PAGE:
A new milestone for the world’s rarest duck

A group of Madagascar pochards, the world’s rarest duck once feared lost, has been released into the wild as part of a pioneering conservation project to save this critically endangered bird from extinction.

The species was believed to be extinct for 15 years until its rediscovery in 2006. Some 20 ducklings were secured from the wild in 2009, from which a captive population of over 100 birds has been established in a conservation-breeding facility in the regional capital of Antsohihy. Wild numbers of the bird currently stand at around 70 at just one site in Bemanevika in northern Madagascar. To help secure the species’ future, conservationists are creating a new population on another wetland – Lake Sofia.

From September to November last year, 35 captive-bred ducks were released onto Lake Sofia, a remote site in the north of the island where the project’s first-ever reintroduction took place in 2018. There is only a three-month window each year, during the dry season, when it is possible to transport the birds 200 kilometres to Lake Sofia. This latest release now brings the total number of reintroduced adults on the lake to 47.

The releases were carried out by Durrell Wildlife Conservation Trust’s team in Madagascar. Due to COVID-19 restrictions, international experts from Durrell and the Wildfowl & Wetlands Trust (WWT) were unable to travel to Madagascar to work with their colleagues in-country but online daily discussions and decisions meant that global expertise was on-tap throughout.

Durrell’s Head of Birds, Dr Glyn Young, said: “The current releases are a fantastic achievement and a testament to the entire team on the ground in Madagascar: those looking after the captive population and breeding and rearing birds for release to those ensuring that the ducks have settled in safely to their new home on Lake Sofia.

“Reflecting back to when the project first started in 1989 and there seemed no hope for the species, I am so proud to be where we are today. The pochard is not yet safe but it has a fighting chance thanks to this wonderful team.”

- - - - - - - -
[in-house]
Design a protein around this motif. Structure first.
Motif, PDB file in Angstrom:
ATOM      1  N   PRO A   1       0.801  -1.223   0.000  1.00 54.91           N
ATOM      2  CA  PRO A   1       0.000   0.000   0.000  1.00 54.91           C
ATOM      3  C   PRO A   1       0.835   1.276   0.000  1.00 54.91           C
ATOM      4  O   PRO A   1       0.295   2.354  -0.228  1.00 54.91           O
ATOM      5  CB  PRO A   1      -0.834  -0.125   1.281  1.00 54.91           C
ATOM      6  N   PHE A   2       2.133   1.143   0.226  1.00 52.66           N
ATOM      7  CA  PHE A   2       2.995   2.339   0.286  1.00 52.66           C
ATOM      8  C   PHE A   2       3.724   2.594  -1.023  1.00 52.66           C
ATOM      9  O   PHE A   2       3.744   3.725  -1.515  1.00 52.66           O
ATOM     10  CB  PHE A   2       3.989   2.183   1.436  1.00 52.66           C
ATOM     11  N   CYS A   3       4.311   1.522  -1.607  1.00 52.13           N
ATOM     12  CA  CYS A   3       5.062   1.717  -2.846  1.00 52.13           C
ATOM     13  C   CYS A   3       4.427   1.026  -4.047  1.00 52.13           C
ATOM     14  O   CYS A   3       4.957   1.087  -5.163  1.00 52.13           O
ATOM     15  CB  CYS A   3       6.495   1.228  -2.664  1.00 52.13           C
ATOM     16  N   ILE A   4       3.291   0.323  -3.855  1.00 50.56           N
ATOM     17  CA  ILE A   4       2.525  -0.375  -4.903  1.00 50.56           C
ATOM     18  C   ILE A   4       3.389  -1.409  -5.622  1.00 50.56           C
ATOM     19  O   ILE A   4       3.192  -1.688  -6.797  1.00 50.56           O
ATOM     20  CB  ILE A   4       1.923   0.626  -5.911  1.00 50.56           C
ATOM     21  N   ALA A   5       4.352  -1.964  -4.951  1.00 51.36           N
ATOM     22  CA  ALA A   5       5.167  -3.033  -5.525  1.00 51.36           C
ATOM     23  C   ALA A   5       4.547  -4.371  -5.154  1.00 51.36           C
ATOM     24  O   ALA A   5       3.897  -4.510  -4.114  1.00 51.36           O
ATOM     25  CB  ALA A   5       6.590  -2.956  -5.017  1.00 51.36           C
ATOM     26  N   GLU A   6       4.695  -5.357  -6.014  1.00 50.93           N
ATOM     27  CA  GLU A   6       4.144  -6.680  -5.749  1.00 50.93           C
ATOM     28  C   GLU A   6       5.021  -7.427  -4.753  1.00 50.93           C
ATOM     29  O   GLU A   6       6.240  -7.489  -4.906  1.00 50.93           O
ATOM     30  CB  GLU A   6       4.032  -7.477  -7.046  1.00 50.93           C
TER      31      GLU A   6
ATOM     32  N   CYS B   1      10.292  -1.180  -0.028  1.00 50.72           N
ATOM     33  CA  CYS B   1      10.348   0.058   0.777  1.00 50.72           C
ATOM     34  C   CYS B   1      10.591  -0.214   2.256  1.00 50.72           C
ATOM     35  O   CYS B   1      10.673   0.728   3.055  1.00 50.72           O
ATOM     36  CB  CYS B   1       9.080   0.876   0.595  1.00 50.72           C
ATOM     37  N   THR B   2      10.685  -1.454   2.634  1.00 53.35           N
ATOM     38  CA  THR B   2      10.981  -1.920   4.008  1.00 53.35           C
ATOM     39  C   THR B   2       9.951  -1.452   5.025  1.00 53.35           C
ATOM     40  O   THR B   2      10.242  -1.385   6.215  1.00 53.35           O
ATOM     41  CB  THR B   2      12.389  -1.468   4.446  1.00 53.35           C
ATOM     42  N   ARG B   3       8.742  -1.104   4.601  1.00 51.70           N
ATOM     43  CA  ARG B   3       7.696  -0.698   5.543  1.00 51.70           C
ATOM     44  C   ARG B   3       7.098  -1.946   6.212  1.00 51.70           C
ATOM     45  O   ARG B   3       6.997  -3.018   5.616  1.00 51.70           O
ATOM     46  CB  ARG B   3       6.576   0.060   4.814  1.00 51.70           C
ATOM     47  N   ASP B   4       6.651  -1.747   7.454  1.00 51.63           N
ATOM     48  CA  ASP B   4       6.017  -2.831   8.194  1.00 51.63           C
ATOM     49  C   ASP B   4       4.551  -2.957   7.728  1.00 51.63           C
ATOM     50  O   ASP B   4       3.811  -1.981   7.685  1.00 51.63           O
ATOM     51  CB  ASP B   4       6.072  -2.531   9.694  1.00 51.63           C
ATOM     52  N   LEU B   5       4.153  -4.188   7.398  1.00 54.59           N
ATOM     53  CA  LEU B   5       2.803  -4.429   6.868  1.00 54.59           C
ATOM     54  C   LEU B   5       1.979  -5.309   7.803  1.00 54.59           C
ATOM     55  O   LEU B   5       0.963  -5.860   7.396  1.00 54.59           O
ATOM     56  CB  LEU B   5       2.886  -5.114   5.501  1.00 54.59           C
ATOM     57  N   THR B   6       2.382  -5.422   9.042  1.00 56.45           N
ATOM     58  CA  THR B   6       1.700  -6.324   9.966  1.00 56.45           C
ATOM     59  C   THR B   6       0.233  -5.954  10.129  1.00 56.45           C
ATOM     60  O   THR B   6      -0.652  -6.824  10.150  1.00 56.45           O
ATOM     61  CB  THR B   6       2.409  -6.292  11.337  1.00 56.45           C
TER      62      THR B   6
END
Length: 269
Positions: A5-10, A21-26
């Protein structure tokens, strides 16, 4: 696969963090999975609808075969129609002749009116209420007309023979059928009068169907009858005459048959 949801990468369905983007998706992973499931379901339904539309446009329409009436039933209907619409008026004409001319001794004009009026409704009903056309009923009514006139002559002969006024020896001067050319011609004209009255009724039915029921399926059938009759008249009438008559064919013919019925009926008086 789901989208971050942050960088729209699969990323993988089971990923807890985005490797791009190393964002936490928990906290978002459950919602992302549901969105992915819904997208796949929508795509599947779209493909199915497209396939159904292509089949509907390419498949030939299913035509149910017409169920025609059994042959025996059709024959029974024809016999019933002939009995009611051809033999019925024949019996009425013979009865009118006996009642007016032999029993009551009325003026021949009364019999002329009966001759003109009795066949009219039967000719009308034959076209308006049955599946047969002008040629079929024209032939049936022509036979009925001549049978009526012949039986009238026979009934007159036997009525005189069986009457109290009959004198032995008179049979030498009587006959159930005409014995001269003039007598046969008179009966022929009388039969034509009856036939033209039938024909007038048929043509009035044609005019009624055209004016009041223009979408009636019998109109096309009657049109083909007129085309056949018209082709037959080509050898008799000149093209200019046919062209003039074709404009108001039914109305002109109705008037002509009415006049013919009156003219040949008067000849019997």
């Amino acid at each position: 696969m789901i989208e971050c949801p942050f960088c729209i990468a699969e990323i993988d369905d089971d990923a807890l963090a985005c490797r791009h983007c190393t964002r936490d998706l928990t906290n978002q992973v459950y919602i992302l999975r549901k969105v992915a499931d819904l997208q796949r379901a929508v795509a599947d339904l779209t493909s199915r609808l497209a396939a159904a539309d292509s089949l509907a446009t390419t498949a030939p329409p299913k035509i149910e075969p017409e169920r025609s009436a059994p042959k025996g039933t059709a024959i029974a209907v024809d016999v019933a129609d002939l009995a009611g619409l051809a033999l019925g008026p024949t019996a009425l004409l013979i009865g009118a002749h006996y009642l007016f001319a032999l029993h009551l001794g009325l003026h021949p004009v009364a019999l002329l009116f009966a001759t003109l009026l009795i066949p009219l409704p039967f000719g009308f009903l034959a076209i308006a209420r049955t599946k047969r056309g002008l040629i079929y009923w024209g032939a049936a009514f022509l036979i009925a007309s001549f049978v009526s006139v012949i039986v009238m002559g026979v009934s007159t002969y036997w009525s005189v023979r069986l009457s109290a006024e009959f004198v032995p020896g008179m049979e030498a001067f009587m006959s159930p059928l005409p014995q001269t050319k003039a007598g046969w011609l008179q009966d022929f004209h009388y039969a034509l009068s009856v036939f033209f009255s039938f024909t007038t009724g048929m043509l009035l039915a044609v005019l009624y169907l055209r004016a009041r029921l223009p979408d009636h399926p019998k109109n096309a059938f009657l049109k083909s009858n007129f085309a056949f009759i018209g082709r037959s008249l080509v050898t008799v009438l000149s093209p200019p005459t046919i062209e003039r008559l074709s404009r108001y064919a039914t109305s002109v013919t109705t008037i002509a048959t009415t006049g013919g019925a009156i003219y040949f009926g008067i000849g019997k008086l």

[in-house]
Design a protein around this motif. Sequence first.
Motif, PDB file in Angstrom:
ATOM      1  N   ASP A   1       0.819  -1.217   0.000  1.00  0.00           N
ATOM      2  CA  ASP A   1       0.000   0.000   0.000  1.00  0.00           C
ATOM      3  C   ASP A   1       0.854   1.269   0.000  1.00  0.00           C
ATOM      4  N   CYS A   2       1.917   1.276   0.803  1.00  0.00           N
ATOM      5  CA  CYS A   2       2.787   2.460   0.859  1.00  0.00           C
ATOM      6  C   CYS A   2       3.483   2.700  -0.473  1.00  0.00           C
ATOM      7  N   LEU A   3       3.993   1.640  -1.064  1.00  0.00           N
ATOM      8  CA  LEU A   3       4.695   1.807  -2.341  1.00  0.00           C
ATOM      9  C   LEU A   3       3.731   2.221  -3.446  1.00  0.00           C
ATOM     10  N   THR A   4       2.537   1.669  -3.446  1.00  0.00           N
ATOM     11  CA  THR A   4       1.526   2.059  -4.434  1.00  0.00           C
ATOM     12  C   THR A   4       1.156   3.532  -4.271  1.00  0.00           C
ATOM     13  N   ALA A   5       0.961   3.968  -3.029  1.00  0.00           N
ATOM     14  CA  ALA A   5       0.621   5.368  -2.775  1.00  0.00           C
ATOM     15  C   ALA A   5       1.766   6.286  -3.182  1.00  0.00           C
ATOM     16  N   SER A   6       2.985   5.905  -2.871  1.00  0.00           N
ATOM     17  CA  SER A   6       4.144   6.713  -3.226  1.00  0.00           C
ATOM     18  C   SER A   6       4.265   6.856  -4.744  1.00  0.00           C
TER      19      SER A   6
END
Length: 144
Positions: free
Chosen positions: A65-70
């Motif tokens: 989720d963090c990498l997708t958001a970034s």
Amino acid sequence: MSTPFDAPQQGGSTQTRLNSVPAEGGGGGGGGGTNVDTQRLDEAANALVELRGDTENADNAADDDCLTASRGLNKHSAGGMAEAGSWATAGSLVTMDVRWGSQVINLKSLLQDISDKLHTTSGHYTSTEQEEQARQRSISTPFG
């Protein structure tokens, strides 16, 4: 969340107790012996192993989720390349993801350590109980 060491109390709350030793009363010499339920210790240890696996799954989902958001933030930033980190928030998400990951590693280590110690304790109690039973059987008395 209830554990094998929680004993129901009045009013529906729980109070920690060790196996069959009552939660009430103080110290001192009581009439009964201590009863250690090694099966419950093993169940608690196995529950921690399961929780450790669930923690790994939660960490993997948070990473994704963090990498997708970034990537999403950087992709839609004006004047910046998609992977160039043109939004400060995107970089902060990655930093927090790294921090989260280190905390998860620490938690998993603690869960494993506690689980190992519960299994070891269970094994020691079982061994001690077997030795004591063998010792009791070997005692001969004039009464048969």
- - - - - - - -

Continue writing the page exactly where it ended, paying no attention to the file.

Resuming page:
Durrell’s Wetlands Manager, Felix Razafindrajao, said: “For these releases, we have built on the success from 2018. This included increasing the time the birds spent in the floating aviaries, so they adjust to the site and their first experience of the wild.

“Implementing these changes allowed us to ensure the welfare of the birds as we could observe them for longer in the floating aviaries as well as upon release onto the lake.”

Nigel Jarrett, WWT’s Conservation Breeding Manager, led the pioneering methods for the release. “After extensive research, we chose Lake Sofia as the best site nationally for reintroduction,” he said. “But we knew the lake is in poor condition, and does not yet have sufficient natural food to support these birds.

“So we designed the world’s first floating aviaries, platforms and feeding stations, to ensure the birds can access food and to encourage them to remain on the site. Away from Lake Sofia, wetlands are heavily degraded and the pochard’s prospects would be very low.”

This latest release is the project’s second on Lake Sofia. It is just one step in a much larger plan to revive, to rewild Madagascar’s wetlands. The project partners have been working closely with communities around the lake for over five years to improve farming and fishing practices, making them more productive, environmentally sensitive and sustainable – and which will help restore a habitat that can support pochards. The project has the full support of the local communities – in October, the villagers held a traditional ancestors’ blessing ceremony called a “Joro” to ask their ancestors for good fortune for the “Fotsimaso”, as the bird is known locally.

Peter Cranswick, WWT’s Project Manager, said: “A duck has been the catalyst to save a lake, to restore a habitat that allows wildlife to flourish and to provide many benefits to the communities that depend on its resources. We are even planting a forest as part of the project.

“This is the epitome of successful conservation – a positive collaboration between many partners and stakeholders, empowering those who live in and off this landscape to shape a sustainable future. There is still much to be done, but that the ducks released in 2018 have already bred on Lake Sofia bodes well for that future.”

“We are very pleased with how our latest release has gone,” added Felix Razafindrajao, “but pochard numbers on the lake are still very low and therefore at risk, so more releases are required to increase Lake Sofia’s population and ensure its long-term viability. Further releases are planned for 2022, and we look forward to updating everyone on the next exciting stage in the programme.”

The Madagascar pochard project is a partnership between Durrell, WWT, The Peregrine Fund, Asity Madagascar, and the Government of Madagascar. These releases would not have been possible without the kind support of National Geographic, Association of Zoos and Aquariums Conservation Fund, Synchronicity Earth, Fota Wildlife Park, the UK Government through the Darwin Initiative, HSBC, Disney Conservation Fund, Mitsubishi Corporation Fund for Europe and Africa, Taronga Conservation Society Australia, Mohamed bin Zayed Species Conservation Fund, USFWS, Réserve Zoologique de Calviac, and the European Union and the Organisation of African, Caribbean and Pacific States through the BIOPAMA Programme.